Current Affairs

Is it possible to sail on a river on a windless day? In Why Cats Land on Their Feet (2012), Mark Levi points out that the answer is yes, at least in principle. If the keel is turned broadly against the current, then this will carry the boat downstream, drawing the sail through the still air. Now the roles of the sail and the keel are reversed: The keel catches the motion of the river, acting as a sail, and the boat follows the course established by the sail, which acts as a keel. “It’s just like regular sailing,” Levi writes, “except upside down.”

That’s from the point of view of an observer on shore. In the boat’s reference frame, the water is still and a wind is blowing upstream. From this perspective the boat is sailing conventionally — the sail is catching the wind and the keel slices through the water.

“This is a neat symmetry,” Levi notes. “The sail and the keel exchange roles, depending on your reference frame! So the sail and the keel have completely equal rights in that respect.”

Braess’ Paradox
Image: Wikimedia Commons

The diagram above represents a road network where T is the number of travelers. The leg from START to A takes T/100 = t minutes to traverse, as does the leg from B to END. The legs from START to B and from A to END each take a constant 45 minutes.

Now suppose that 4000 drivers want to travel from START to END. The northern and the southern routes are equally efficient, so the drivers will split into two groups, and each will arrive at END in 2000/100 + 45 = 65 minutes.

But now suppose that planners, hoping to improve matters, add a shortcut between A and B with a travel time of 0 minutes. Now all the drivers will take the route from START to A, since in the worst case it will take 4000/100 = 40 minutes, rather than the guaranteed 45 minutes taken by the leg from START to B. From A every driver will take the shortcut to B, for the same reason: Even in the worst case, the trip from B to END is 5 minutes faster than the trip from A to END.

As a result, every driver’s trip now takes 4000/100 + 4000/100 = 80 minutes, which is 15 minutes longer than in the original state of affairs. No individual driver has an incentive to change his behavior, since now the two original routes (northern and southern) each take 4000/100 + 45 = 85 minutes. If the 4000 drivers as a body could agree never to use the shortcut, they’d all be better off. But without a way to enforce this, all are stuck with longer commutes.

The principle was discovered by German mathematician Dietrich Braess in 1968. It’s known as Braess’ paradox.

Podcast Episode 96: The Abduction of Edgardo Mortara

On June 23, 1858, the Catholic Church removed 6-year-old Edgardo Mortara from his family in Bologna. The reason they gave was surprising: The Mortaras were Jewish, and Edgardo had been secretly baptized. In this week’s episode of the Futility Closet podcast we’ll tell the story of little Edgardo and learn how his family’s plight shaped the course of Italian history.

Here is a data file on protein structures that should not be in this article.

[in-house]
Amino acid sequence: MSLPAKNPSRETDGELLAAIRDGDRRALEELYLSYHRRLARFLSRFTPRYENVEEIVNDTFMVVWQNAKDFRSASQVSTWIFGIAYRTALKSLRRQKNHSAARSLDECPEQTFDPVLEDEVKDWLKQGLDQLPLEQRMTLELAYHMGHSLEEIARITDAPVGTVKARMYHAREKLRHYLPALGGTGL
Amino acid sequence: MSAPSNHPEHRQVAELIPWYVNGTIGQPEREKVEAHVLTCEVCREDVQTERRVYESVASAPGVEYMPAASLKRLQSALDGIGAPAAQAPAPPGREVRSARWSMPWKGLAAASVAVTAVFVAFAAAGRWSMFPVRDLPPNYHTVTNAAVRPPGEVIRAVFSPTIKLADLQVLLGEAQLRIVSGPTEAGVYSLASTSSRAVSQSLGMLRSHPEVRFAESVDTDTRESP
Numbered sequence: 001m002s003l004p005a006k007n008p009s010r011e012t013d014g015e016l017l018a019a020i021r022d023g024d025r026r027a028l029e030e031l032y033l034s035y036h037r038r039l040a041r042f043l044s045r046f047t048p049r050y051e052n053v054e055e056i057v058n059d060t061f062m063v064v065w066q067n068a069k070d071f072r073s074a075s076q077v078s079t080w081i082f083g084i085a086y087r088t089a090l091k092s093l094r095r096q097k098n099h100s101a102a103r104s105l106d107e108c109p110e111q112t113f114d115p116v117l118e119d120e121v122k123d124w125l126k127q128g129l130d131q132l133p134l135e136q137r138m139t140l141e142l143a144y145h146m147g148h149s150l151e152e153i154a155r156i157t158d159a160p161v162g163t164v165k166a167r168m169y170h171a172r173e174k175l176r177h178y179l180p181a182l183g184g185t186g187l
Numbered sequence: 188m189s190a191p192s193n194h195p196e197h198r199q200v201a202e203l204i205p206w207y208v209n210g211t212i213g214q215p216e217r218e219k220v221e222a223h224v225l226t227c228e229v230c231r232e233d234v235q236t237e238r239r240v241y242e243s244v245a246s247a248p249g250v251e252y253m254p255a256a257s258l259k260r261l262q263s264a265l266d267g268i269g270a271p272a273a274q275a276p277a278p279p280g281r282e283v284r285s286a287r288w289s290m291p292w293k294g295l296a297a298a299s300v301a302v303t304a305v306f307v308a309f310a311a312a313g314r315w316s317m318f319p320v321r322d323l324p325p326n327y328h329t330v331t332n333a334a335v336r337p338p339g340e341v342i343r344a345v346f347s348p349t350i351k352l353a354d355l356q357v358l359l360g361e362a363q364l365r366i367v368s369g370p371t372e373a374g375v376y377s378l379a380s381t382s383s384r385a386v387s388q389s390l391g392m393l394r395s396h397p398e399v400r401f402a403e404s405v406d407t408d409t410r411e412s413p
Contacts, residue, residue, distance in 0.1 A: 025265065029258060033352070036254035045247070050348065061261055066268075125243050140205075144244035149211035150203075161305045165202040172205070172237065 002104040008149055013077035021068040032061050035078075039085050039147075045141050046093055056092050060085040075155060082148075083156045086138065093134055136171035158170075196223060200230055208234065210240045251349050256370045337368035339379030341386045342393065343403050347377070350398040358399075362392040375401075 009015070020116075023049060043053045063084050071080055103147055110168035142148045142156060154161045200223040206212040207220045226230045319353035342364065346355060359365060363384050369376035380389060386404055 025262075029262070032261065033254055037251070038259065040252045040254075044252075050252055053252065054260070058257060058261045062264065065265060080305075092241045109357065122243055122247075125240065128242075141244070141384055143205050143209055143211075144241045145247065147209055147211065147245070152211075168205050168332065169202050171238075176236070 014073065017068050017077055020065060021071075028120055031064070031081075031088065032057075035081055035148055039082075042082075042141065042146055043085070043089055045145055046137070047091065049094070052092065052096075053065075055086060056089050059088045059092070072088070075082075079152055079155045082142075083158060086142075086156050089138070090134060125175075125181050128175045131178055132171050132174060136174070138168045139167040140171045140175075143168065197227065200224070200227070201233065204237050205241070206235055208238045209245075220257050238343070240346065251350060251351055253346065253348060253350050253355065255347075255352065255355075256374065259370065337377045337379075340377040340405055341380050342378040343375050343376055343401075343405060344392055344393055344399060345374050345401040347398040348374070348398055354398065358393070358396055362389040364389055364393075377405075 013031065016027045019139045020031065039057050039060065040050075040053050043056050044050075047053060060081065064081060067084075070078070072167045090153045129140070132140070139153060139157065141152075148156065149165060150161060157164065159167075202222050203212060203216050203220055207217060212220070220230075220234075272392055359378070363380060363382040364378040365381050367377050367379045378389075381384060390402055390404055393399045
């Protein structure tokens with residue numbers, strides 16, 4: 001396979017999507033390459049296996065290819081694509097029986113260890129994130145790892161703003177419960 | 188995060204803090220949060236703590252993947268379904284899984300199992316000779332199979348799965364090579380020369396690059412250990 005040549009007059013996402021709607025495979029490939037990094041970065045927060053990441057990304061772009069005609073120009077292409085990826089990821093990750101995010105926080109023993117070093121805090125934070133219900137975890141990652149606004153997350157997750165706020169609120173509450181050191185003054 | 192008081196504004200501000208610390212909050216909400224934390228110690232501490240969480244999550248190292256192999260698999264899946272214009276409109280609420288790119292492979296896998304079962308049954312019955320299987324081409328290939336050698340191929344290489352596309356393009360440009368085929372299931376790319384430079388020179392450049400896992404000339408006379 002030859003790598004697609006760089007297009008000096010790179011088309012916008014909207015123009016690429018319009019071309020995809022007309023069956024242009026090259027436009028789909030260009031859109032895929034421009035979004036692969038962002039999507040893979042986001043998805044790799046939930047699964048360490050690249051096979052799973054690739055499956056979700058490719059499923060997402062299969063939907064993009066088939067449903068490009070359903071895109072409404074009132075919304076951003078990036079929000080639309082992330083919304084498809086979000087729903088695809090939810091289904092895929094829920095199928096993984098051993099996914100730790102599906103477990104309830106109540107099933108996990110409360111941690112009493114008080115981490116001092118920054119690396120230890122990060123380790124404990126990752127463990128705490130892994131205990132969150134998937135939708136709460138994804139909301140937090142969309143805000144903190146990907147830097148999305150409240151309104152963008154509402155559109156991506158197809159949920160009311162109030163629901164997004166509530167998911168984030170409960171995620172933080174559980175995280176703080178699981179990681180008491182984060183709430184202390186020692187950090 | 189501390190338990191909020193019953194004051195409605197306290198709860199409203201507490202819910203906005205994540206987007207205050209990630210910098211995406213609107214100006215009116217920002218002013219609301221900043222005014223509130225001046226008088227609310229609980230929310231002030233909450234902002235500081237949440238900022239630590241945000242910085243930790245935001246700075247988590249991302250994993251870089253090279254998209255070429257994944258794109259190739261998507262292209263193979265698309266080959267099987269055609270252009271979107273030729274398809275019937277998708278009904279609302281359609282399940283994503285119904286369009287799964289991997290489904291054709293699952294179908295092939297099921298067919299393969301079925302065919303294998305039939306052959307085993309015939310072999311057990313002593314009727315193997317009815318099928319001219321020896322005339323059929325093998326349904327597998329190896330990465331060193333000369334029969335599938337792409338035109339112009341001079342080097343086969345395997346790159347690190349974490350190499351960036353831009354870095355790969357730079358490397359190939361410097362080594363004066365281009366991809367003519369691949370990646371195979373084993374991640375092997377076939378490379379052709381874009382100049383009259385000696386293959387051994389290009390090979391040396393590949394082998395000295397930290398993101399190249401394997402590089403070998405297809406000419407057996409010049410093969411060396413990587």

We’ll also hear Ben Franklin’s musings on cultural bigotry and puzzle over an unexpected soccer riot.

Please consider becoming a patron of Futility Closet — on our Patreon page you can pledge any amount per episode, and all contributions are greatly appreciated. You can change or cancel your pledge at any time, and we’ve set up some rewards to help thank you for your support.

You can also make a one-time donation via the Donate button in the sidebar of the Futility Closet website.

Sources for our feature on Edgardo Mortara:

David I. Kertzer, The Kidnapping of Edgardo Mortara, 1997.

Bruce A. Boyer and Steven Lubet, “The Kidnapping of Edgardo Mortara: Contemporary Lessons in the Child Welfare Wars,” Villanova Law Review 45 (2000), 245.

Steven Lubet, “Judicial Kidnapping, Then and Now: The Case of Edgardo Mortara,” Northwestern University Law Review 93:3 (Spring 1999), 961.

Donald L. Kinzer, “Review: The American Reaction to the Mortara Case, 1858-1859,” Mississippi Valley Historical Review 44:4 (March 1958), 740-741.

Alexander Stille, “How a Jewish Boy’s Baptism Changed the Shape of Italy: The Notorious Kidnapping of Edgardo Mortara,” Forward, Aug. 1, 1997.

“Pope John Paul Faces Politics of Sainthood,” Associated Press, Sept. 2, 2000.

Ellen Knickmeyer, “Pope Moves Two Toward Sainthood,” Spartanburg [S.C.] Herald-Journal, Sept. 4, 2000.

Garry Wills, “The Vatican Monarchy,” New York Review of Books, Feb. 19, 1998.

Garry Wills, “Popes Making Popes Saints,” New York Review of Books, July 9, 2013.

Justin Kroll, “Steven Spielberg Boards Religious Drama ‘Edgardo Mortara’,” Variety, April 17, 2014.

Ben Franklin’s “Remarks Concerning the Savages of North-America” was published in 1784 by Franklin’s Passy Press in France.